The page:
Thursday, July 15, 2010

Modern Myths of Science and Religion - Part 1

This is the first in a series of posts to critically examine popular misconceptions of the relationship between science and religion.  These misconceptions can rightly be called myths, because they continue to be believed and perpetuated in popular culture, despite being debunked by the latest scholarship.  The myth I will address in this post is what philosopher Roy Clouser has called "The Myth of Religious Neutrality."

There is a widely held belief today that science and religion are fundamentally opposite ways of explaining reality.  As Stephen Hawking recently put it, "[R] based on authority, based on observation and reason."  This view can be summarized in the "Faith vs. Reason" dichotomy, and it is ubiquitous throughout our culture.[1]  Examples of it can be found in everything, from popular TV shows such as "House," (which I love) to bestselling books like The God Delusion.

A part of this popular view is the idea that religion has historically kept people in the dark - the darkness of superstition and ignorance - while science has progressively liberated society from that darkness.  For instance, people used to think lightning came from Zeus, until we discovered static electricity.  We believed disease was punishment from the gods, until we developed germ theory.  You get the idea.  Thus, most people think science and religion are either in conflict, or don't overlap, or both.  Christopher Hitchens gives a biting articulation of this view, in his book God Is Not Great:
...[Science] offers the promise of near-miraculous advances in healing, in energy, and in peaceful exchange between cultures.  Yet millions of people in all societies still prefer the myths of the cave and the tribe and the blood sacrifice [Religion].  The late Stephen Jay Gould generously wrote that science and religion belong to "non-overlapping magisteria."  They most certainly do not overlap, but this does not mean that they are not antagonistic.  Religion has run out of justifications.  Thanks to the telescope and the microscope, it no longer offers an explanation of anything important.[2]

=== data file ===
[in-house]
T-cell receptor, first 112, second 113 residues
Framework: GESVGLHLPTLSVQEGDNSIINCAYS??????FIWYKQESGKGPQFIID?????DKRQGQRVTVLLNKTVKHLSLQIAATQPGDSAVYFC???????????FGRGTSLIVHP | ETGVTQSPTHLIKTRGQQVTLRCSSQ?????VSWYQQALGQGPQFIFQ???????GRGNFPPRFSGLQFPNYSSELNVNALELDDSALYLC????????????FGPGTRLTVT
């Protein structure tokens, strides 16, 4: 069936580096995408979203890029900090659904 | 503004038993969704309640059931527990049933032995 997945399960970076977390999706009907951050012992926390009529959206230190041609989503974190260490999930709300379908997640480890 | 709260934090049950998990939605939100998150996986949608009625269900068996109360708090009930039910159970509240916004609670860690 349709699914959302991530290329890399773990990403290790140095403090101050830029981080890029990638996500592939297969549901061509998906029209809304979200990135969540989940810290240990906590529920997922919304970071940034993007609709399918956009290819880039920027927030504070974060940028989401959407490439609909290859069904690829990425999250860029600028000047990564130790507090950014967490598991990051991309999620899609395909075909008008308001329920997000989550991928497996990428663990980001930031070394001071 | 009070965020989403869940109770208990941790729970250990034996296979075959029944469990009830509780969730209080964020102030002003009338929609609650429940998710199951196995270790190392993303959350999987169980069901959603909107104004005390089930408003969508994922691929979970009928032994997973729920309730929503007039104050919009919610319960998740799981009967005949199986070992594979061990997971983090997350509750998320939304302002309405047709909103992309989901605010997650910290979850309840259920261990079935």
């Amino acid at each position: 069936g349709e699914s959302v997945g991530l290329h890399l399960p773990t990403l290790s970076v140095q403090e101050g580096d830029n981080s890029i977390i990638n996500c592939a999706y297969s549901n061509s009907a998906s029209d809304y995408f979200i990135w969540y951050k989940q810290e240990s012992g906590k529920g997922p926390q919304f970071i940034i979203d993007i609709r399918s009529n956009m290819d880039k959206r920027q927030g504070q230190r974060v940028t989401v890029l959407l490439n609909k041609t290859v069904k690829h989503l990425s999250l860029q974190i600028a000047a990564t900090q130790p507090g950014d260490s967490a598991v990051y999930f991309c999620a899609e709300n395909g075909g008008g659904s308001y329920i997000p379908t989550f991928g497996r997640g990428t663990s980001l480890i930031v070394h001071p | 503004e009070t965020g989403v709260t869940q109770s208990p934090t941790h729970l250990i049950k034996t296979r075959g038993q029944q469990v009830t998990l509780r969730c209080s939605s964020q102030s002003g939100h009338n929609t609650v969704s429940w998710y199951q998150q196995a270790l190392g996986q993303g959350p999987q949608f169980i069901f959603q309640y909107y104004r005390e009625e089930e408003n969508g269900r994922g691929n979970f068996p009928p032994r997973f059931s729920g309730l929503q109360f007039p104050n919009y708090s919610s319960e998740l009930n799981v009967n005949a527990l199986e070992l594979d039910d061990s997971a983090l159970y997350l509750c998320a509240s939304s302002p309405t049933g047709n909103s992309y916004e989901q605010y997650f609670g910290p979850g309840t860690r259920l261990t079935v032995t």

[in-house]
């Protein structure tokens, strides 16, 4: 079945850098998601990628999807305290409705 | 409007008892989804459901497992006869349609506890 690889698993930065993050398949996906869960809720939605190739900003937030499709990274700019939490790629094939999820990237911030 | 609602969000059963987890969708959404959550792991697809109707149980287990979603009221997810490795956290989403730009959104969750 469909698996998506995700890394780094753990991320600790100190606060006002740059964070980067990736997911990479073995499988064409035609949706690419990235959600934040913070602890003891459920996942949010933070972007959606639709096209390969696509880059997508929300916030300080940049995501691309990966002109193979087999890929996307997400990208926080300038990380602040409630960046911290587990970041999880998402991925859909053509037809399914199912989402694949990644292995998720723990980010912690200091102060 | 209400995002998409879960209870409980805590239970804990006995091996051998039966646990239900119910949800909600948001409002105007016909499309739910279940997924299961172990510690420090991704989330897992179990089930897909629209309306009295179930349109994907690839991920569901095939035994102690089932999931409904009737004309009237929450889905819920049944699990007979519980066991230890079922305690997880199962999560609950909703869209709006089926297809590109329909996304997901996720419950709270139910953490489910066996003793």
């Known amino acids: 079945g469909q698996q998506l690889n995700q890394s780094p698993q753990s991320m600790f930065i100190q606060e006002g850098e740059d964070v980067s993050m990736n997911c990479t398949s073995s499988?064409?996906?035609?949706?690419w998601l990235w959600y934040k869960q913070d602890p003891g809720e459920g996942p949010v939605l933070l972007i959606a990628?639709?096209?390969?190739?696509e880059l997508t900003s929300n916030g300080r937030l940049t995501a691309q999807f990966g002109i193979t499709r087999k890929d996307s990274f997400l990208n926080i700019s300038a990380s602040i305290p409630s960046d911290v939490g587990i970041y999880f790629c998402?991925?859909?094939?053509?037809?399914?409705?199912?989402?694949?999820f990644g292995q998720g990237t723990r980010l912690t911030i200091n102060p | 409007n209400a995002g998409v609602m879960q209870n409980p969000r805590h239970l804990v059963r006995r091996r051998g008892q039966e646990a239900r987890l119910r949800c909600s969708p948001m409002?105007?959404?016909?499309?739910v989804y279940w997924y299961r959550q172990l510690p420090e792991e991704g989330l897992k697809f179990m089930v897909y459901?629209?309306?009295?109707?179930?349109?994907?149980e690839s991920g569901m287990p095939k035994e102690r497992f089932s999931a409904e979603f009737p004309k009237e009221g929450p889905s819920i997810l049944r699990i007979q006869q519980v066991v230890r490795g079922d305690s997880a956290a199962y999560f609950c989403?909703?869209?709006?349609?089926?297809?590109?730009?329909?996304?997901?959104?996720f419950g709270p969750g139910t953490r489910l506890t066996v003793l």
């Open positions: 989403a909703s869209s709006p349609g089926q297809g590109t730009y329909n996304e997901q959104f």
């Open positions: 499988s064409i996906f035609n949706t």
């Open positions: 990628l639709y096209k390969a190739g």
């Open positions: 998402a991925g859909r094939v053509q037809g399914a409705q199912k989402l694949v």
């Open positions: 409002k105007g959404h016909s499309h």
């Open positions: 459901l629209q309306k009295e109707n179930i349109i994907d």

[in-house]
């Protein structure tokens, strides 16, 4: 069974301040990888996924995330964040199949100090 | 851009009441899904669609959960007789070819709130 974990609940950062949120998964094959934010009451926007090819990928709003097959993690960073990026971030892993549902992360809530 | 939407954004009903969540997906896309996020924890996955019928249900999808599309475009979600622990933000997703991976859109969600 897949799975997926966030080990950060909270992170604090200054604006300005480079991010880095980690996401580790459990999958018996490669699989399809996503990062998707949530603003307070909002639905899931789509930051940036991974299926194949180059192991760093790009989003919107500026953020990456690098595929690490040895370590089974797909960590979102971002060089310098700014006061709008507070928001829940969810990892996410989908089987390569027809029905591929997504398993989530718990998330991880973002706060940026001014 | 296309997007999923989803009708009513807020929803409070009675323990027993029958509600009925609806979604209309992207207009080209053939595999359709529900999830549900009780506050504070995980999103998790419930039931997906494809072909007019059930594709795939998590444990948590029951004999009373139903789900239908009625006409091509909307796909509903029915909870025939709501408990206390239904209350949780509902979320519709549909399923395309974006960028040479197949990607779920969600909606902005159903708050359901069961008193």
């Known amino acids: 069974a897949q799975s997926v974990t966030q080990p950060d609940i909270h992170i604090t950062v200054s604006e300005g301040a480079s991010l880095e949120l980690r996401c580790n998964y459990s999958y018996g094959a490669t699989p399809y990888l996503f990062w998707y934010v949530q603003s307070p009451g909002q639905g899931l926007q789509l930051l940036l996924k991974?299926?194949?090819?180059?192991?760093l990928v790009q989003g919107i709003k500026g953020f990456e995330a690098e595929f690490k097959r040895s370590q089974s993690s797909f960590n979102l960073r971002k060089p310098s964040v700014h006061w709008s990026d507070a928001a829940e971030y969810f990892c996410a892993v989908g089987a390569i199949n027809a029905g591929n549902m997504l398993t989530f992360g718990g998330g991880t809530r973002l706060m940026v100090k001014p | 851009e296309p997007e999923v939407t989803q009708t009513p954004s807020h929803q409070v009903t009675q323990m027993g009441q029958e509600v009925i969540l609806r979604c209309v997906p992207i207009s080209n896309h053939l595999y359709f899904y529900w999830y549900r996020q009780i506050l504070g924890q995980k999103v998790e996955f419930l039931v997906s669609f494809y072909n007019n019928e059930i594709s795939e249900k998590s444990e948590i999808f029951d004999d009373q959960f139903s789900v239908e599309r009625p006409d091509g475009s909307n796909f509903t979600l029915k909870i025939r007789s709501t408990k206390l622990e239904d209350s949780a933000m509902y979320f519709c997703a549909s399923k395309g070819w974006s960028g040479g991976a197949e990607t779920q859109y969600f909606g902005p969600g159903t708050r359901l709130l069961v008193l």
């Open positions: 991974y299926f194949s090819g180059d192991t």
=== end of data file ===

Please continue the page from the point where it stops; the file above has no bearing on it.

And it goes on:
The take away message from Hitchens and others is that if religion has anything left to say, it is irrelevant in the light of science.  It's important to notice that, within the view I've been describing, there is a tacit assertion that science is entirely objective and free of religious assumptions.  As we will see however, that is not exactly the case.

C.S. Lewis once wrote, "What we learn from experience depends on the kind of philosophy we bring to experience."[3]  Lewis's point was that everyone holds certain metaphysical assumptions - beliefs we assume to be true without verification.  And those assumptions influence how we interpret the world.  This is certainly the case with religious believers.  It is equally true of scientists.

In his book, The Myth of Religious Neutrality, philosopher Roy Clouser argues that religious belief is necessarily among the assumptions that all people have.  According to Clouser, everyone believes in a self-existing entity - i.e. something that does not depend on anything else for its existence.  For some people, this entity is God.  For others, it is the universe itself, or simply energy.  Either way, we all hold to some assumption about what is 'ultimate' or 'prior' to everything else.  Clouser says this is what we mean by "the Divine."

Some scholars have criticized Clouser's definition of the divine, but it seems to agree with the view held by many philosophers - everyone from Aristotle, to Leibniz and Spinoza - that whatever metaphysical 'substance' is 'ultimate,' or exists 'on its own' is what we mean by "God."  If this is the case, then all scientists have an assumption of what is divine.  Whether they are like Newton and believe the divine entity is a personal God, or they are like Stephen Hawking and believe the divine entity is the embodiment of the laws of nature, their assumptions will likely influence the way they interpret the world (i.e. the theories they formulate to explain reality).

If Clouser's thesis is correct, then religious assumptions have played a major role in scientific theories from the very beginning.  In the next post, I will discuss how religious assumptions heavily influenced the theories of what many scholars say were the first people to think "scientifically" about the world - the ancient Greeks.


1.  I think the "Faith vs. Reason" dichotomy is a false one.  To see why, read my previous post here.

2.  Christopher Hitchens, God Is Not Great: How Religion Poisons Everything (Toronto: McCelland & Stewart, 2007) page 282.

3.  C.S. Lewis, Miracles (San Francisco: Harper Collins, 1996) page 2.

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